Pretty much a quasi-self-help guidebook. I’m sure many readers will find the worldly advice McGonigal has to offers quite useful. Personally, there’s nothing in this book that wasn’t already obvious to me: you can make not-so-fun things fun if you turn them into games. Wow, really? Games are an alternative way to face challenges, conquer tasks in creative ways, develop problem-solving skills, blah blah blah. Okay thanks for the chestnut! I cannot believe you stretched that out into an entire 300ish-page book. The parts of this book that aren’t boring are annoying, sometimes even a bit disturbing.
You can tell she’s a follower of Bernard Suits of whom I’m personally not a fan. Suits places teleological emphasis on games, overlooking the process (what Csikszentmihalyi calls “flow”) of play for the end result of winning or losing.
I find it a little scary how optimistic this author is about the wholesale gamification of life: “And so while others might distinguish between ‘serious’ ARGs and ‘entertainment’ ARGs, I prefer to look at all ARGs as having the potential to improve our quality of life” (126). She does not critically address the limitations of alternate-reality games: who does it not work on (I’m sure some people simply do not like games), or what areas in life that really do not lend themselves over to gameification. It’s crap like this that is responsible for all the bullshit corporate “friendly-competition” events designed by HR to make workers more motivated to work efficiently. Nothing wrong with setting goals and achieving them, but I pity those who feel the need to construct teleological aspirations for productivity in order to find life engaging. There is more to life than being productive. I don’t equate happiness and wellbeing with achieving goals and consuming products. Not all tasks should be “conquered.” I guess my issue is this whole book feels extremely “how-to-win-friends-and-influence-people”-esque. “ARGs are designed to make it easier to generate the four intrinsic rewards we crave—more satisfying work, better hope of success, stronger social connectivity, and more meaning—whenever we can’t or don’t want to be in a virtual environment” (125)—this kind of stuff really makes me cringe, but maybe I’m too being sentimental, too sardonic, too harsh towards faux enthusiasm?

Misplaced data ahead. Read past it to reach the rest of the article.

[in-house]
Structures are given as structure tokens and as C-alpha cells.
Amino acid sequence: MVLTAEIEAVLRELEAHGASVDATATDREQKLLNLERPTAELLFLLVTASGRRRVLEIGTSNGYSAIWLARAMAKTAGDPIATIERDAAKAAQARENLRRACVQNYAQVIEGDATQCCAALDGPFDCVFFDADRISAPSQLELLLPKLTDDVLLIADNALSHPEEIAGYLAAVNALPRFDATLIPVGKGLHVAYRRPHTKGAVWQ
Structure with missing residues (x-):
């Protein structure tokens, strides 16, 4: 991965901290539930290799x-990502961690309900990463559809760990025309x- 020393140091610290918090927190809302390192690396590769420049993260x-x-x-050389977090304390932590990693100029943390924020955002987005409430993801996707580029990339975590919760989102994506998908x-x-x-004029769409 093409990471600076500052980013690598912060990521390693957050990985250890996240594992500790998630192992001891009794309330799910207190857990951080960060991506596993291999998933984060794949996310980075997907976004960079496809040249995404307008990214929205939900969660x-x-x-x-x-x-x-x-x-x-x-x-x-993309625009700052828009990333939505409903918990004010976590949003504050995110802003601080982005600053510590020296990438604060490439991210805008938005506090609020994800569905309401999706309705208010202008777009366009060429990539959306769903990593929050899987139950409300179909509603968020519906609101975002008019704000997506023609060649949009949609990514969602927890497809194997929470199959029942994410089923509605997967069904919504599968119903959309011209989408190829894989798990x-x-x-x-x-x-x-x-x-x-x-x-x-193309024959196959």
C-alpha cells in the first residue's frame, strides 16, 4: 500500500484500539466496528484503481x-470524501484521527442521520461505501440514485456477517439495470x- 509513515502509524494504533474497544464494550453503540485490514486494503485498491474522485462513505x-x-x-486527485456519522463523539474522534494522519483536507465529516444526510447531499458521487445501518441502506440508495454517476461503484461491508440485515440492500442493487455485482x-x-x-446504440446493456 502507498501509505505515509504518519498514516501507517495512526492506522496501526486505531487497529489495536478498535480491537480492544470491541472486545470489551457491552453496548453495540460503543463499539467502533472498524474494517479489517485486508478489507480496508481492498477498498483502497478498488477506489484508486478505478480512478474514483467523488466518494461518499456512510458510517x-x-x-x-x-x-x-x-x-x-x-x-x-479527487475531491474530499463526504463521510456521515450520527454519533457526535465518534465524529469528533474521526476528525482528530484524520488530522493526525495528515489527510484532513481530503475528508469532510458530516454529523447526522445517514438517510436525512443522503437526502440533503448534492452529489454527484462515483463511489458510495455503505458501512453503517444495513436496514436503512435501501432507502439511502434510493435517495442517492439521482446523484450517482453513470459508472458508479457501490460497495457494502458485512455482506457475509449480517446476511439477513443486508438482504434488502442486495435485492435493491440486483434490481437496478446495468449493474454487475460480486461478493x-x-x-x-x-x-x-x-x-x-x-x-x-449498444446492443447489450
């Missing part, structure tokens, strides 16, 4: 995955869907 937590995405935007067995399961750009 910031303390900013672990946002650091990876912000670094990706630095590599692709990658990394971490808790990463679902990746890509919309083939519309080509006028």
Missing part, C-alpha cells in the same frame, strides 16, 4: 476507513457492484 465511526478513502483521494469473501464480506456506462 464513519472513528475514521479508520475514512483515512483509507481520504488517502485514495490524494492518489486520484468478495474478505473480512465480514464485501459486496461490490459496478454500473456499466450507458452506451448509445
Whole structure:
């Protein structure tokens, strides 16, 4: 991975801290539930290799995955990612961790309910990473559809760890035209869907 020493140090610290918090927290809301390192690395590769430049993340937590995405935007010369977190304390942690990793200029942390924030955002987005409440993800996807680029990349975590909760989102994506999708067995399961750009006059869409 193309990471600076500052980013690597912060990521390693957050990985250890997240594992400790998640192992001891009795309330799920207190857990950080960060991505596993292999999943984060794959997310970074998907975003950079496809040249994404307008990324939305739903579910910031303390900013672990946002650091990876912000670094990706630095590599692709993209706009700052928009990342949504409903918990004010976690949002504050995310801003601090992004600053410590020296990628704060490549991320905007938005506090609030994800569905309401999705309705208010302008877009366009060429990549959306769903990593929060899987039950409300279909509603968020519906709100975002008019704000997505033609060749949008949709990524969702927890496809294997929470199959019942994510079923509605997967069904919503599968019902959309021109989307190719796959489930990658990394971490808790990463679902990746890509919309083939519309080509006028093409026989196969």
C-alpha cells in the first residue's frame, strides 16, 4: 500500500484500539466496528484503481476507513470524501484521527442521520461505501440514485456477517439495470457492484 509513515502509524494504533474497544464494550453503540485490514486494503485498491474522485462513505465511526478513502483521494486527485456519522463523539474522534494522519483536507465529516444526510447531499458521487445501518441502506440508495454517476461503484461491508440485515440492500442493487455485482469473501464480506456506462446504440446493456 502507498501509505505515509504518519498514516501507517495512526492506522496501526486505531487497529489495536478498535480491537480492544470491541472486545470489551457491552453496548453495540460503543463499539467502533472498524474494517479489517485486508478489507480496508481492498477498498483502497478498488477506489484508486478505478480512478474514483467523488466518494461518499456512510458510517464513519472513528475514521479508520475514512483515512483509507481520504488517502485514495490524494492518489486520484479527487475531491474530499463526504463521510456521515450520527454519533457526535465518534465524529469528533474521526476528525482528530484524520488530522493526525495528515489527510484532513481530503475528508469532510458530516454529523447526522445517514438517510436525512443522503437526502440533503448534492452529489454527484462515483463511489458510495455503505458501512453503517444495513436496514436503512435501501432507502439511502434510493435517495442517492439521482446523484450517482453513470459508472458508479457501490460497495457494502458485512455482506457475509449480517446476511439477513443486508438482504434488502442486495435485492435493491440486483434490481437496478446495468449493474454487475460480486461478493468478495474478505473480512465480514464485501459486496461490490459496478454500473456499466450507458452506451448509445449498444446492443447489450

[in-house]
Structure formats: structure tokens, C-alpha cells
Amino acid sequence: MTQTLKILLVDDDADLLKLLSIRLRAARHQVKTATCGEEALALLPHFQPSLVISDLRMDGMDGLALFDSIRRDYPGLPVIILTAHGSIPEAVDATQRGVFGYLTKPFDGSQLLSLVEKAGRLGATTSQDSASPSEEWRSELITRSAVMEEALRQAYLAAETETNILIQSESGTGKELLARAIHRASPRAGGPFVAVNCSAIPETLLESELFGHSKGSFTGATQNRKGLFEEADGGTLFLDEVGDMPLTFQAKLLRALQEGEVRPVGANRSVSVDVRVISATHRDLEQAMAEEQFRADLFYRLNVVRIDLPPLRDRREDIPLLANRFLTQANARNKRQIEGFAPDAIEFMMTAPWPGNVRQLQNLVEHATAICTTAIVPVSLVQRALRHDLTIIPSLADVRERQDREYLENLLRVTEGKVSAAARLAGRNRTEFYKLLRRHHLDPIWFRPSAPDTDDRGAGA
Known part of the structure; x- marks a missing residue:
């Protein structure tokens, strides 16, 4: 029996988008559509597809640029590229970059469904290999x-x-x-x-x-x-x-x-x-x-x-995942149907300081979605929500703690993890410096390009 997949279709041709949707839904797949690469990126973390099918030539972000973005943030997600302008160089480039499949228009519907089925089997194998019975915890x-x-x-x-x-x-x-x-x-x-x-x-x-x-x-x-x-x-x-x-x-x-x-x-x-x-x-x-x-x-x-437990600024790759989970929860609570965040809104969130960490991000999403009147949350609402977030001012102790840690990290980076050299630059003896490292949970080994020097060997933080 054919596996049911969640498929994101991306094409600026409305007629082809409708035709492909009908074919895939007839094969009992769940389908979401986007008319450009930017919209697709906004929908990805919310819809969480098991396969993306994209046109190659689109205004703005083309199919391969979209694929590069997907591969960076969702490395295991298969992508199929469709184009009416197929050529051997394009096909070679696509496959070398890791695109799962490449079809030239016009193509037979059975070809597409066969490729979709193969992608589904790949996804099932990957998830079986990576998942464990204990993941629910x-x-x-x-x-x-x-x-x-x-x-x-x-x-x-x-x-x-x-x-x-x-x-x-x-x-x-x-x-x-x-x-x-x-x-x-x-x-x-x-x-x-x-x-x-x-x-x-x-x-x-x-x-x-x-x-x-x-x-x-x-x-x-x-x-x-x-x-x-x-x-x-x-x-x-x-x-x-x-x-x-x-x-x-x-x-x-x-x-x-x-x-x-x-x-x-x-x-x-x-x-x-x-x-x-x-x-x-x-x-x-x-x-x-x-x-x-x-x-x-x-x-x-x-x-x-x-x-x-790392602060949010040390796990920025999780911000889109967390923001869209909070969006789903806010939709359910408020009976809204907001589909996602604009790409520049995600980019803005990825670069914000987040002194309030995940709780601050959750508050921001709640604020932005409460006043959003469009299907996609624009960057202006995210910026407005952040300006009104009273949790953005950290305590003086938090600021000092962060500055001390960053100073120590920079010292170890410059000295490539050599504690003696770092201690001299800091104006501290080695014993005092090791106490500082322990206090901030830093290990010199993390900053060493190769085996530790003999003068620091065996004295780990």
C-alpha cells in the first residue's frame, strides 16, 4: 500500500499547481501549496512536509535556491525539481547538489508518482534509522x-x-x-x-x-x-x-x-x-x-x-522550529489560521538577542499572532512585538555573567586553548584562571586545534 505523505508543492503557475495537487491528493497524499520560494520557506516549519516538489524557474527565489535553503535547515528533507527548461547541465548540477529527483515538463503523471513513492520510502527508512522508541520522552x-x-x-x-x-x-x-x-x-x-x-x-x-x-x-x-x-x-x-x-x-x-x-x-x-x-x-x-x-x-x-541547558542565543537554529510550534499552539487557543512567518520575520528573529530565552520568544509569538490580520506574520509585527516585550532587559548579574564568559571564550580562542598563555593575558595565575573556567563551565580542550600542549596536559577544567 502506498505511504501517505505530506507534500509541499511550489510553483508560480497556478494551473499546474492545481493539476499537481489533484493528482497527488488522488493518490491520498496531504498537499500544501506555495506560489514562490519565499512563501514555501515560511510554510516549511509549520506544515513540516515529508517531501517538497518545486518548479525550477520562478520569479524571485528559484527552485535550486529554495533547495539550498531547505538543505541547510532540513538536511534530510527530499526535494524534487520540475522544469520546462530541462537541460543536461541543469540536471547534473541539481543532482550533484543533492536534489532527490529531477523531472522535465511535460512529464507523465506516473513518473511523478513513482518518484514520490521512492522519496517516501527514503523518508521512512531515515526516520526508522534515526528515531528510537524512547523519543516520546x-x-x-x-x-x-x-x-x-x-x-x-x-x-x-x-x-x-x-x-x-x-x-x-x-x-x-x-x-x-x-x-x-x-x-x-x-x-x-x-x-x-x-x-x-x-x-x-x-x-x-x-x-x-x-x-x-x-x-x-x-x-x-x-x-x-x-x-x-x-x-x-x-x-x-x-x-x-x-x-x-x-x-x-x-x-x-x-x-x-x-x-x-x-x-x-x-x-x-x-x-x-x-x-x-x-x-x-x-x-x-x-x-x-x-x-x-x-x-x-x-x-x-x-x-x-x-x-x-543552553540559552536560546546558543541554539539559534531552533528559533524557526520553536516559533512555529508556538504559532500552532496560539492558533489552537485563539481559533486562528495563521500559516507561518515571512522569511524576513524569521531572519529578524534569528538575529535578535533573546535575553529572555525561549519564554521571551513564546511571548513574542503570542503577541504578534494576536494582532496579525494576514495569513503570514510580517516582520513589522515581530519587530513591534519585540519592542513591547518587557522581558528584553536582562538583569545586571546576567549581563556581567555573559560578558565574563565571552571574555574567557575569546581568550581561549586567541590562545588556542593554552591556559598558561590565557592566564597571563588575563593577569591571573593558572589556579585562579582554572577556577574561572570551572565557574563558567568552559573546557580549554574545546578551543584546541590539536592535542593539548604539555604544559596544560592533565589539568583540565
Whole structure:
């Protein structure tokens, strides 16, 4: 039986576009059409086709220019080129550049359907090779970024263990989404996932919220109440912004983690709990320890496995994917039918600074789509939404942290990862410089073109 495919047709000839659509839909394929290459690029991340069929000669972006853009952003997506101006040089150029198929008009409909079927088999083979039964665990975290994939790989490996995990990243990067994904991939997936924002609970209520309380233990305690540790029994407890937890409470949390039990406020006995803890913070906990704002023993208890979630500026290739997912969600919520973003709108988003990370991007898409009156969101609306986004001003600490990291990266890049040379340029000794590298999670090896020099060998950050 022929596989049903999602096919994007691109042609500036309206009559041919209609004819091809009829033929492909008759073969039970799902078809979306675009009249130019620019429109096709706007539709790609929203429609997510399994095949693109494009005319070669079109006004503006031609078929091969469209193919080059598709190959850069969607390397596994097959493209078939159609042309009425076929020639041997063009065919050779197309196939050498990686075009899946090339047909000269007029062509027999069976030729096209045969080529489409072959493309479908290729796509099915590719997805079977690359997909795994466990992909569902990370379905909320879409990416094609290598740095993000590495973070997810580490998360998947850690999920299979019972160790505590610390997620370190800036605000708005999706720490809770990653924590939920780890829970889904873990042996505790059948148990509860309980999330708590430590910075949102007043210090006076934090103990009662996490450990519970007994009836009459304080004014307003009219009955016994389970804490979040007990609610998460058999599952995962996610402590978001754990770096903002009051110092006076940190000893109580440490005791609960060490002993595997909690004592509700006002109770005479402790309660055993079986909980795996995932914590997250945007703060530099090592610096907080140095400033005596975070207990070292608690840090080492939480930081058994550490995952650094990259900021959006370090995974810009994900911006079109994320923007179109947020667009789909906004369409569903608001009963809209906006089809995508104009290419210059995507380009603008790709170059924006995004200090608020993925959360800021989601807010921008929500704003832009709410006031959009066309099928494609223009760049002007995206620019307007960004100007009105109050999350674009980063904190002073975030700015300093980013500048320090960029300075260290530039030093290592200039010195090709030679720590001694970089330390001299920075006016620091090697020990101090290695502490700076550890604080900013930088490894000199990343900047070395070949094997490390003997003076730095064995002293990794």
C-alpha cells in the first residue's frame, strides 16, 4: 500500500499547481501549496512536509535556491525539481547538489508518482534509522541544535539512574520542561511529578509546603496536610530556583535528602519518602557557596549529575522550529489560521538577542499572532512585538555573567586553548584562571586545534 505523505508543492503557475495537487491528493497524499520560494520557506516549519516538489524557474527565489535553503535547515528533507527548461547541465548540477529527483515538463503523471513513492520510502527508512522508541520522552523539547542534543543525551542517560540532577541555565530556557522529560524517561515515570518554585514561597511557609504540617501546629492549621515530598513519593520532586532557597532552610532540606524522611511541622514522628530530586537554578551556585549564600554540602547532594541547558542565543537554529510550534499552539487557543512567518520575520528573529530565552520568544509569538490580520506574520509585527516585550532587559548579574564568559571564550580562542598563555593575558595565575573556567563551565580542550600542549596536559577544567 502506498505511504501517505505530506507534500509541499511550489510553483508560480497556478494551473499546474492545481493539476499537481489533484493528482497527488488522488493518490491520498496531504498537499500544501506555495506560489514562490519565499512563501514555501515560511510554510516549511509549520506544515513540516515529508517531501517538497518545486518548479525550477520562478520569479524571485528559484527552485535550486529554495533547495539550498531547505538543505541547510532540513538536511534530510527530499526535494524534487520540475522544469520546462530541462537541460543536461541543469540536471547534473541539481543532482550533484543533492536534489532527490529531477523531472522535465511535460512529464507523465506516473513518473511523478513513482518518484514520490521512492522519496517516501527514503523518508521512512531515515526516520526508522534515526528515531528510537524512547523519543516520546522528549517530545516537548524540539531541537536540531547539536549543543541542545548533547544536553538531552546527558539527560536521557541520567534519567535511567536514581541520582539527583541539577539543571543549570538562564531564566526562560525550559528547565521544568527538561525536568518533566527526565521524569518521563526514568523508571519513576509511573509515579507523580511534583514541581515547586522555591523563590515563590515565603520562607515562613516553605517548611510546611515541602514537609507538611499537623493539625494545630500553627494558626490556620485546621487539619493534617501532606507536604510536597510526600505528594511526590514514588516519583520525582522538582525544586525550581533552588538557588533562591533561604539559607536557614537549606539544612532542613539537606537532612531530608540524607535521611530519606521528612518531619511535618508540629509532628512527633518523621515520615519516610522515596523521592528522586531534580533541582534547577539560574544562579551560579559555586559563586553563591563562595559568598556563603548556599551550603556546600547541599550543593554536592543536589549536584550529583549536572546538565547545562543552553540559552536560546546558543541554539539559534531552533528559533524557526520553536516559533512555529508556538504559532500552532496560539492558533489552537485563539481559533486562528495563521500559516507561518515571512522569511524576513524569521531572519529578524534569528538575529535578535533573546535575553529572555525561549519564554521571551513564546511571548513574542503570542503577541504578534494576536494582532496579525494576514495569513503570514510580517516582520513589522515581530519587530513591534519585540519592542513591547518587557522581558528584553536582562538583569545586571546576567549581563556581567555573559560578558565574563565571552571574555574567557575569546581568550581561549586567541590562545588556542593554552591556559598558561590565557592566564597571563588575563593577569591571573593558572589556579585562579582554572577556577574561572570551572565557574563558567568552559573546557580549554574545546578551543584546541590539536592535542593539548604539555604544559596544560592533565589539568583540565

Some more really annoying parts:
* “Rai is “questing” before she even gets to school. She’s working on a secret mission, a math assignment that yesterday she discovered hidden in one of the books in the school library. She exchanges text messages with her friends Joe and Celia as soon as she gets up in order to make plans to meet at school early. Their goal: break the mathematical code before any of the other students discover it” (129)
* "So what is stealth social innovation? In the world of EVOKE, social innova- tors tackle social problems with superheroic secrecy and spectacle—public and yet mysterious, like Batman or Spider-Man—in order to capture global imagination so that the solutions have a real chance to catch on and spread virally. EVOKE superheroes are particularly known for applying an innovation method referred to by real development experts today as “African ingenuity.” (334-5)
* “In other words, they became what futurist Jamais Cascio calls “super- empowered hopeful individuals,” or SEHIs. A SEHI (pronounced SEH-hee) is someone who feels not just optimis- tic about the future, but also personally capable of changing the world for the better.” (315) oh and then she contrasts those with terrorists who are “super-empowered angry individuals (SEAI)
This book if full of crap like this that makes you want to bang your head against the wall and scream, ARE YOU KIDDING ME!?
To make matters worse, you would think that in these 300ish pages McGonigal would include some substantial statistical data or empirical to back up her claims, but nah! She’s just going to rely primarily on anecdotal evidence and her own projects. E.g. there does seem to be a motivation gap among students that needs to be addressed. But applying “alternate-reality games” to education is not some panacea to ameliorate all our education problems. In fact it may make matters worse. I recall in public school, I was typically the oddball student who would naturally be interested in the subjects presented in class, until teachers try to dress it up and make it look fun like it wasn’t already interesting, in which case I would instantly get annoyed or bored.
This is more of a rant than a book review, but honestly, I haven't had such an agonizing read in a long time. I close with a link: http://www.theatlantic.com/technology...